Great one the other Tuesday aboard a southbound L-2 Metrobus:

Operator Marshall P. Moore III of Clinton has been aiming a bus in the Washington area for a living since April 12, 1974. But he had spent his entire career in suburban Virginia, where they don't have DuPont Circles.

So when Moore faced Death-defying DuPont for the first time, he got confused. Instead of turning his L-2 south onto 19th Street, en route to K Street and the Federal Triangle, Moore went about 75 feet too far and turned south onto Connecticut Avenue.

It was not only Moore's first day on the route; it was the first run of his first day.

His mistake was the moral equivalent of grounding into a triple play your first time at bat in the major leagues.

The paying troops knew right away that Moore had done something wrong. Washington bus riders well know the scenery they pass -- and these L-2 folk knew that their morning "movie" does not include the front windows of Britches or the Dupont Theater.

But to their credit, the passengers didn't shout, or start leaning on the string that rings the out-at-the-next-stop bell. All they did was to rustle quietly in their seats, glancing out the window to see if maybe the mistake was theirs, then glancing to see if anyone else in the bus had noticed.

Marshall Moore had noticed.

He drove down Connecticut to the busy stop at M Street, where he jerked on the emergency brake. Then he leaned around the partition in back of his seat and announced: "Hey, people, I'm sorry. I'm really sorry."

But sorry was one thing, and getting back on track was another.

Not only is southbound Connecticut a rampaging stream of traffic on a weekday morning, difficult to negotiate in a clumsy bus. It's also illegal to make a rush-hour left turn from Connecticut onto any cross street between the Circle and I Street -- unless you count one-car-wide DeSales Street, and if you're driving a bus, you'd better not.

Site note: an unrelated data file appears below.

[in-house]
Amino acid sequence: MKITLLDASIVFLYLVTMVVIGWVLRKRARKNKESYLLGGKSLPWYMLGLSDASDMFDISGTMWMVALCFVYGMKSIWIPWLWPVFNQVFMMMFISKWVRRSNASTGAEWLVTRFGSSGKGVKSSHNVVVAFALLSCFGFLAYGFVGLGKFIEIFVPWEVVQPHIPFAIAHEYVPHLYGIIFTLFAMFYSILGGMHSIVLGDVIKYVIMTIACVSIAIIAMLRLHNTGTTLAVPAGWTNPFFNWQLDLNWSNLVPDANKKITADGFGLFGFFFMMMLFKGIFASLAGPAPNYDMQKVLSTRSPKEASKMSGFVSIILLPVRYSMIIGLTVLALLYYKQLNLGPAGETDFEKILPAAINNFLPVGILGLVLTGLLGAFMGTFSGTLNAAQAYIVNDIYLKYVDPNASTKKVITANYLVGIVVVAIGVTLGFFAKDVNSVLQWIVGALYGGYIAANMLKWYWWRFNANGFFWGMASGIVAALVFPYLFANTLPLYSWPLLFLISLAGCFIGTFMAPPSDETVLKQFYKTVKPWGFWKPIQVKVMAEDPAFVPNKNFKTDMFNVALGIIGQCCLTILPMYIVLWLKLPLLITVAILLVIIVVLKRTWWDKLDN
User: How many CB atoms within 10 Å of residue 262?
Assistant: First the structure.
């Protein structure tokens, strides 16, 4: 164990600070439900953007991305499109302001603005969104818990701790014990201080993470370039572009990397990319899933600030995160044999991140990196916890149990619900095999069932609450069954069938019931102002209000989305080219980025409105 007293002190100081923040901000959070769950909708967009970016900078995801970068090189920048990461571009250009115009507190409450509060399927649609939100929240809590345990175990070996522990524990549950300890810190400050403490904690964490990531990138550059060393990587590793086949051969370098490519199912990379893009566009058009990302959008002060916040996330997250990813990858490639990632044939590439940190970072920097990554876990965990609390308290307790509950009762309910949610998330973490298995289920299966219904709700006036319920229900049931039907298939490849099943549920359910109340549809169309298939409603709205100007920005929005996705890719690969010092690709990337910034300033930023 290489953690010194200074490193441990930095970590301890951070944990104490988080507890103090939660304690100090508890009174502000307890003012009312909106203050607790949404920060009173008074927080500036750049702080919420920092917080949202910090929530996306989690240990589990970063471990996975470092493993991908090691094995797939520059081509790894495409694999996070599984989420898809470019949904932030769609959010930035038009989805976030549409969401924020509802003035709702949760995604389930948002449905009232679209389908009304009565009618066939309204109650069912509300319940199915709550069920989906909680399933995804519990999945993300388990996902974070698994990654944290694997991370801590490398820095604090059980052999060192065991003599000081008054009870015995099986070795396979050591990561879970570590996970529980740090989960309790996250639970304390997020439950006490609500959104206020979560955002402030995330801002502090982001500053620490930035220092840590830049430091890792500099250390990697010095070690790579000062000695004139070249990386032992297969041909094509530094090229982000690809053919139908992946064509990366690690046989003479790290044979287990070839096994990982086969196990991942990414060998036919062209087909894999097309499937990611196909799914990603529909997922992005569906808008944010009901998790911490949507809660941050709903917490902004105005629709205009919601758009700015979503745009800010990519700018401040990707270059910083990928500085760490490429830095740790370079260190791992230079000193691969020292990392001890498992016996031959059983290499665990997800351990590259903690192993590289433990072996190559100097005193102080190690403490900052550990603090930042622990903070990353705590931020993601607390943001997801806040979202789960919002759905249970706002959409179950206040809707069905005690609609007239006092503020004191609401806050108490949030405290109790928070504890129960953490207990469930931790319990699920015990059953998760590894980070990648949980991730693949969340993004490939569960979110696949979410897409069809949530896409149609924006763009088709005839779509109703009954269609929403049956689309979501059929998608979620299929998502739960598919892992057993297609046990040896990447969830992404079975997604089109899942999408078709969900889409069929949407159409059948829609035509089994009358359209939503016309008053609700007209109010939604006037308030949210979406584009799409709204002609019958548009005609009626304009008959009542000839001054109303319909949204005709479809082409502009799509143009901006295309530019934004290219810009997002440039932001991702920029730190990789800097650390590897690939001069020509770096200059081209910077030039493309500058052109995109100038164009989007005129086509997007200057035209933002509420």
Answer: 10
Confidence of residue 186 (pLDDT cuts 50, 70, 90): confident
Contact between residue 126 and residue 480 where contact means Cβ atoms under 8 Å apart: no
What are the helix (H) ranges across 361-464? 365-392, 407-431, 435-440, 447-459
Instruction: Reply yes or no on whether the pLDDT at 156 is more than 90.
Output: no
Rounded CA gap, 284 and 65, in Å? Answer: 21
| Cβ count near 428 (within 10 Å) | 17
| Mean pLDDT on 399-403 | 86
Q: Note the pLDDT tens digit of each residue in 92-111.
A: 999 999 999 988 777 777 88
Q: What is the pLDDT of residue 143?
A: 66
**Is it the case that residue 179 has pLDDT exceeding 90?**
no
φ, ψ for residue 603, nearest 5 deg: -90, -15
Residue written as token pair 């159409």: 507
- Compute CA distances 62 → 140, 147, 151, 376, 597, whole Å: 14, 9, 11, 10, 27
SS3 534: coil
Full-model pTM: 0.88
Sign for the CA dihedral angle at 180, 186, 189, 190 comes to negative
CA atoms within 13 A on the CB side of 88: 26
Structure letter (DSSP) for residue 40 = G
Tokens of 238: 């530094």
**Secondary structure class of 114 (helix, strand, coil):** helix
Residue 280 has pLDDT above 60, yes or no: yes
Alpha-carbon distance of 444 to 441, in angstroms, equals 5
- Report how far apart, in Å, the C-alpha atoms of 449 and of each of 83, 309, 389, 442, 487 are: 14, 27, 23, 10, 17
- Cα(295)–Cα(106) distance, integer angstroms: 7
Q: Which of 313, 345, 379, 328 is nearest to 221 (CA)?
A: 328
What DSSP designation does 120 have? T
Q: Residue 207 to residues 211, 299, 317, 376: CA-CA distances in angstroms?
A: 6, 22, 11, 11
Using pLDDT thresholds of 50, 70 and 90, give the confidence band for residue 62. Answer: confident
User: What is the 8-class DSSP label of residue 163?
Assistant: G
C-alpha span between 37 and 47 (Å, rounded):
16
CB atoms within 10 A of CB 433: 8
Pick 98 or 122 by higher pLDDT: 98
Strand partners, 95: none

Besides, even if Moore had gone all the way to I Street and made his left, he'd still have had to make another left and a right to get onto K Street.

A lawyerly-looking fellow in the back anticipated the problem. As Moore edged away from M Street, the guy cried:

"Right! Turn right!" Which Moore did.

Then came another voice: "Left! Go left at the corner (of 19th)!" Which Moore also did, thus getting back on course and inconveniencing virtually nobody.

Still, to mess with someone's bus route is to assault one of the closest things in this modern world to a known fact. So one would have expected panic and mutters to have begun as soon as Moore got lost.

It's a pleasure to report that there wasn't a sound.

Proof positive that notoriety can be a dangerous thing:

In the October, 1978, issue of Chest, a pulmonary disease journal, a Miami Beach doctor named Marvin Sackner reported that chicken soup truly does help attack the symptoms of colds.

Sackner said a study he made indicated from the nasal passages at the rate of 9.2 millimeters a minute. The score for hot water: 8.4 millimeters. For cold water: 5.3 millimeters.

Ever since has discovery justified the pleadings of generations of mothers, however, Sackner has been besieged by the media. And even doctors seem to have been affected. "I've even seen orders on the chart in the hospital ordering chicken soup," Sackner said.

So he has now retrenched a couple of notches.

"I think the real message . . . is that you should be drinking warm fluids rather than cold fluids," Sackner said, in a recent interview.

"Whether it be tea or chicken soup, I don't really think it makes much difference."

Halfway-through-the-year witticism from a gent at the bar of the K Street Beefsteak Charlie's:

"I love July 1 because it's the only time of year when I can look backward or forward and see the same number of unpaid bills." Nudge to the area's funeral homes:

Distinctions between men and women should be pretty academic where death is concerned. So how come so many women are "devoted wife of" in your newspaper ads, and so many men are "beloved husband?" Aren't husbands devoted? Aren't wives beloved?

Nudge-within-a-nudge: why are surviving sons and grandsons so often listed ahead of surviving daughters and granddaughters?